"Should things go wrong at any time, the people will set them to rights by the peaceable exercise of their elective rights." --Thomas Jefferson, The Jeffersonian Cyclopedia (1900), p. 842.
At the time Jefferson made this statement, only white males who owned property could vote. Since then, though, We The People have amended our Constitution to extend the right to vote to former slaves, minorities, women, and 18-year olds. The majority of Americans believe that every citizen should have an equal voice in the government that represents them. Unfortunately, not everyone agrees.
The same Republican strategists who gave us Ronald Reagan and a pair of Bushes realized that their platform of tax cuts for the rich, cuts in social programs, and perpetual war would not be popular with American voters for very long. They knew they could never win a fair election, so they set out to make sure they never had to.
"Florida was so successful [stealing the election], the Republicans.. have been busy "floridizing" state elections procedures from sea to shining sea." --Greg Palast, The Best Democracy Money Can Buy, NY: Plume, 2003.
"Officials [in Ohio] purged tens of thousands of eligible voters from the rolls, neglected to process registration cards generated by Democratic voter drives, shortchanged Democratic precincts when they allocated voting machines and illegally derailed a recount that could have given Kerry the presidency." --Robert F. Kennedy Jr., Rolling Stone, June 2006
"Since 2000 more Americans are at greater risk of being disenfranchised than at any time since the days of segregation. Provisional ballots that are not counted, substandard voting machines, and chicanery such as in Ohio that literally denied black voters the means to vote, all conspire to maintain the status quo that has established one party Republican rule." --Margaret Kimberley, The Chicago Defender, 11/18/05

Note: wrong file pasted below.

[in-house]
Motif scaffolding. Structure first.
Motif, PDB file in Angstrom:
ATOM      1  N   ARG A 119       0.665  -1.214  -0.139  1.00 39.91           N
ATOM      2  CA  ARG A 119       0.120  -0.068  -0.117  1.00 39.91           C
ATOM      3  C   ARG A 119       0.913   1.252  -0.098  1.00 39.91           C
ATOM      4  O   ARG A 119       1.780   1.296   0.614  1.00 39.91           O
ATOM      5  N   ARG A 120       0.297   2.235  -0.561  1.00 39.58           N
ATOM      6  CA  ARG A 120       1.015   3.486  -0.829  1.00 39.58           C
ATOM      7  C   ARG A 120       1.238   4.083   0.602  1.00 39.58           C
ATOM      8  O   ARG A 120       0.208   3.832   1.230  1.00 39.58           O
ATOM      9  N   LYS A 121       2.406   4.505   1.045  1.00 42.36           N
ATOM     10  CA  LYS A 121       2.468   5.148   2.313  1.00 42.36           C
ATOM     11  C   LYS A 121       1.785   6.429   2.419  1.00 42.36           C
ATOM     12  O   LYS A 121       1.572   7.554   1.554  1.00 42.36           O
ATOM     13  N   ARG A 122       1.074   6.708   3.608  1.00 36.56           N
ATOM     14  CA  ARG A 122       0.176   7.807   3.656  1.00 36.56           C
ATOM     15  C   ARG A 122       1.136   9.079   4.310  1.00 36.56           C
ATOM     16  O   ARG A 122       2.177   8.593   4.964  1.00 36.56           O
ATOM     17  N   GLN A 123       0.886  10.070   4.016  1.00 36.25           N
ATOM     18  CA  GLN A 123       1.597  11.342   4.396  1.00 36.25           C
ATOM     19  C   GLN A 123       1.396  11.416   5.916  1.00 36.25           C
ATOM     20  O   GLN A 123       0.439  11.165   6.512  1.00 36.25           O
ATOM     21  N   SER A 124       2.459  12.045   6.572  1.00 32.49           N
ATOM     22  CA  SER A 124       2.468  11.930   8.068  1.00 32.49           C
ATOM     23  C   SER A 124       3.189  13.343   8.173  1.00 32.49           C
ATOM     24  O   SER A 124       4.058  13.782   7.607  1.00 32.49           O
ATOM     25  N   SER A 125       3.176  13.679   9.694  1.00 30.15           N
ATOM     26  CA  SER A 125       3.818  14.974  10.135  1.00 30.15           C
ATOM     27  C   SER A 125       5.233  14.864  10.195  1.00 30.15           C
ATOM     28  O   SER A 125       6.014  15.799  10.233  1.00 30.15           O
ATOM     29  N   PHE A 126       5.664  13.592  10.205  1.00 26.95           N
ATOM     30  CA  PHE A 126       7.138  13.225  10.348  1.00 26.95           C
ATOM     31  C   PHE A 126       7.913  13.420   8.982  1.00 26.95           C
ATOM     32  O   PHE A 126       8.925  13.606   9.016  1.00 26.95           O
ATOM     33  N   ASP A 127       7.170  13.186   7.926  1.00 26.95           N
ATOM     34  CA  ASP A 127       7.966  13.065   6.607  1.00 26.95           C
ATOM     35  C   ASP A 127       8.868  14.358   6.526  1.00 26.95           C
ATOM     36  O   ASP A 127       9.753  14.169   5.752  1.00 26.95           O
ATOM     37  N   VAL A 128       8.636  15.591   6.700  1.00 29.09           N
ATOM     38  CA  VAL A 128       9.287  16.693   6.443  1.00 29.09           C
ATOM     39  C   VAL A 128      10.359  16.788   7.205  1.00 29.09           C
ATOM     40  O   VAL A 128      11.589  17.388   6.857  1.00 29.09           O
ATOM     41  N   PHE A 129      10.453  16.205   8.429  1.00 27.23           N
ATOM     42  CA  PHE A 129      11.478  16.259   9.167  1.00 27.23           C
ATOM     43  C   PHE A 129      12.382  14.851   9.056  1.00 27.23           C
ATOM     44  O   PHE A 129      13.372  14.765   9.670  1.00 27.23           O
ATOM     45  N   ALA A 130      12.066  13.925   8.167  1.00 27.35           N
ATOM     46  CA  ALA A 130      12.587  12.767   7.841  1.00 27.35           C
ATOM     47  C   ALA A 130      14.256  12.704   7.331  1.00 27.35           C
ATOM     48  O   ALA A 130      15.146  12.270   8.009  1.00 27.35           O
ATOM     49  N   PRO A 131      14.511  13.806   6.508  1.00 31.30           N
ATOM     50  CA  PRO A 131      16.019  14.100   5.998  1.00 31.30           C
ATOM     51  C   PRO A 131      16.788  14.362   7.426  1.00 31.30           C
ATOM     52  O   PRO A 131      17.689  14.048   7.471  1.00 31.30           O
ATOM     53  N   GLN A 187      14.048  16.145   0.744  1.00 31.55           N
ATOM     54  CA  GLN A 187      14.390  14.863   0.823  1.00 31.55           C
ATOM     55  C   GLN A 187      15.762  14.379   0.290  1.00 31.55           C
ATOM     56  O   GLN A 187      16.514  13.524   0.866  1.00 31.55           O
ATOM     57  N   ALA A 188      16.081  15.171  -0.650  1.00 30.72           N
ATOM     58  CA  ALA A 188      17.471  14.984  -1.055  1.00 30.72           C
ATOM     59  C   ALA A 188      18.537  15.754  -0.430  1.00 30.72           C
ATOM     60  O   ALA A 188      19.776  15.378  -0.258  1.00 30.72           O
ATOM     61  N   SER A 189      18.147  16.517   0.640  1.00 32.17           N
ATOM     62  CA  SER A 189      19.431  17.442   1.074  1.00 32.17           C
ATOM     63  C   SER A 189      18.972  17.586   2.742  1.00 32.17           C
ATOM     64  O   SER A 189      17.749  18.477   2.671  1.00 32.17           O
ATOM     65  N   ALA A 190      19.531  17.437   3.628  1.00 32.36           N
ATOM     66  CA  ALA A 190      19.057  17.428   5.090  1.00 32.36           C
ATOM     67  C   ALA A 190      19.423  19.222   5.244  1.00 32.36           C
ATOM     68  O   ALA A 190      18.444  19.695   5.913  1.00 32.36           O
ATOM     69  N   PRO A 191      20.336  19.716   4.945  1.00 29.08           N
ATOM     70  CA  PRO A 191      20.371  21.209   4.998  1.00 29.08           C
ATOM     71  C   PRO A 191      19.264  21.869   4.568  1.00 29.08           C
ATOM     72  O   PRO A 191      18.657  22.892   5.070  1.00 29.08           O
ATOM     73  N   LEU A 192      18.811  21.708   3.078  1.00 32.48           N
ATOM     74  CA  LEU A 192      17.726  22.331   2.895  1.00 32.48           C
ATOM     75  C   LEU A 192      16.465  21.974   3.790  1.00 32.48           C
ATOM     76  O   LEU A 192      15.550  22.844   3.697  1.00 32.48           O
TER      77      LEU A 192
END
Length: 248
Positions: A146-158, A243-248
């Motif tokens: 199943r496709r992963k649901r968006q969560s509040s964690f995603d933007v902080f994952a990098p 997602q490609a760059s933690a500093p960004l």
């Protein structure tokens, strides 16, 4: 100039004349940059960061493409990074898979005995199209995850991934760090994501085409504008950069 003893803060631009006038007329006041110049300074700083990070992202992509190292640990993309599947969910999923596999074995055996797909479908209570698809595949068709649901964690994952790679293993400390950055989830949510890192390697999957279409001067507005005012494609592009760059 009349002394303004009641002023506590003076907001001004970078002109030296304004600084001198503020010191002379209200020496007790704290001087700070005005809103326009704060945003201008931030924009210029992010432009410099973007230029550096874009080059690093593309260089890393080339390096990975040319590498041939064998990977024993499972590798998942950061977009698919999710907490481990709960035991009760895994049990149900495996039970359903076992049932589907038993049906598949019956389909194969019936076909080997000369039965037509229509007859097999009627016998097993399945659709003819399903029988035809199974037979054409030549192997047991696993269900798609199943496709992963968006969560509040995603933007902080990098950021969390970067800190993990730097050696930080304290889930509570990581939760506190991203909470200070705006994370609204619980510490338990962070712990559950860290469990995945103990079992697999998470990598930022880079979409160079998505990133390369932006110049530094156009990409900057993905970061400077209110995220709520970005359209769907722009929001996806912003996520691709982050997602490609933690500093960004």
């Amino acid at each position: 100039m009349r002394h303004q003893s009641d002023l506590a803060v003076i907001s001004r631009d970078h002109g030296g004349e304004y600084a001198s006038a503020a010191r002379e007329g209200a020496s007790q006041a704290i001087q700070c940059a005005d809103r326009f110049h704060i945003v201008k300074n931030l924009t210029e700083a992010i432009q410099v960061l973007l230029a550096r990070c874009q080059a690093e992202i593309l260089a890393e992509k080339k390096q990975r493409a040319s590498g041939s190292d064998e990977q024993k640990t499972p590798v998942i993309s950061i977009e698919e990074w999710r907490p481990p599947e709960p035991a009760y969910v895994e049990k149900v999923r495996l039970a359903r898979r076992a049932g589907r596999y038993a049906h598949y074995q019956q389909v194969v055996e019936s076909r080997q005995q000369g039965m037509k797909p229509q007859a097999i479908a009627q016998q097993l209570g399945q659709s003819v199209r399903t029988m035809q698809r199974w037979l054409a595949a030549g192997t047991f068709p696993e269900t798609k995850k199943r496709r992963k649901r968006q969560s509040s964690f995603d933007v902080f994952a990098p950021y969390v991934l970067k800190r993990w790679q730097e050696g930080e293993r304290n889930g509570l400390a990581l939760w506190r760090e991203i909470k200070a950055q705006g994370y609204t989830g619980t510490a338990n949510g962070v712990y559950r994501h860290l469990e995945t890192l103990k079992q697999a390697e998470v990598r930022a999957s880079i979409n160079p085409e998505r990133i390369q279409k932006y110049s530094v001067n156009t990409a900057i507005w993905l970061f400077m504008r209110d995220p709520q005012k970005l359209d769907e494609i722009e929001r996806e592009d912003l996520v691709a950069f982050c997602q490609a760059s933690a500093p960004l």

Republican strategists know that even though they have used every illegal, under-handed, dirty trick-in-the-book to suppress the Democratic votes; they still don't have enough die-hard Republicans, Dittoheads, and people willing to vote against their own interests to win an election. That is why they have also taken control of every aspect of our electoral process.
"Republicans build the voting machines, Republicans write the secret software, Republicans count and compile the totals. The Republican machines allow no auditing of the vote totals they report. So Republicans have the ability to "win" elections, regardless of the will of the voters. There is compelling evidence that they have done just that." --Dr. Howard Dean, Chair of the Democratic National Committee, 12/13/05
"80% of all votes in America are counted by only two companies: Diebold and ES&S. ...The vice-president of Diebold and the president of ES&S are brothers (and Republican Donors). ...30% of all U.S. votes are carried out on unverifiable touch screen voting machines with no paper trail. ...All-not some-but all the voting machine errors detected and reported in Florida went in favor of Bush or Republican candidates." --from Twenty Amazing Facts About Voting in the USA, opednews.com, 1/8/06
"The United States is the only major democracy that allows private partisan corporations to secretly count and tabulate the votes with proprietary non-transparent software." --The Free Press, October 26, 2005
"[The General Accounting Office] report now confirms that electronic voting machines as deployed in 2004 were in fact perfectly engineered to allow a very small number of partisans with minimal computer skills and equipment to shift enough votes to put George W. Bush back in the White House." --Bob Fitrakis & Harvey Wasserman, The Free Press, 10/26/05
In response to the huge number of problems with electronic voting machines (both deliberate and accidental), Rep. Russ Holt (D-NJ) sponsored a bill (HR 550) requiring all voting machines to produce backup "voter-verified paper record". The bill was originally called The Voter Confidence and Increased Accessibility Act of 2003. Then it was called The Voter Confidence and Increased Accessibility Act of 2004. Then it was called The Voter Confidence and Increased Accessibility Act of of 2005, and now I assume it is now called The Voter Confidence and Increased Accessibility Act of 2006. When last seen, it was disappearing into a black hole, called the Republican-controlled House Administration Committee. You get the idea.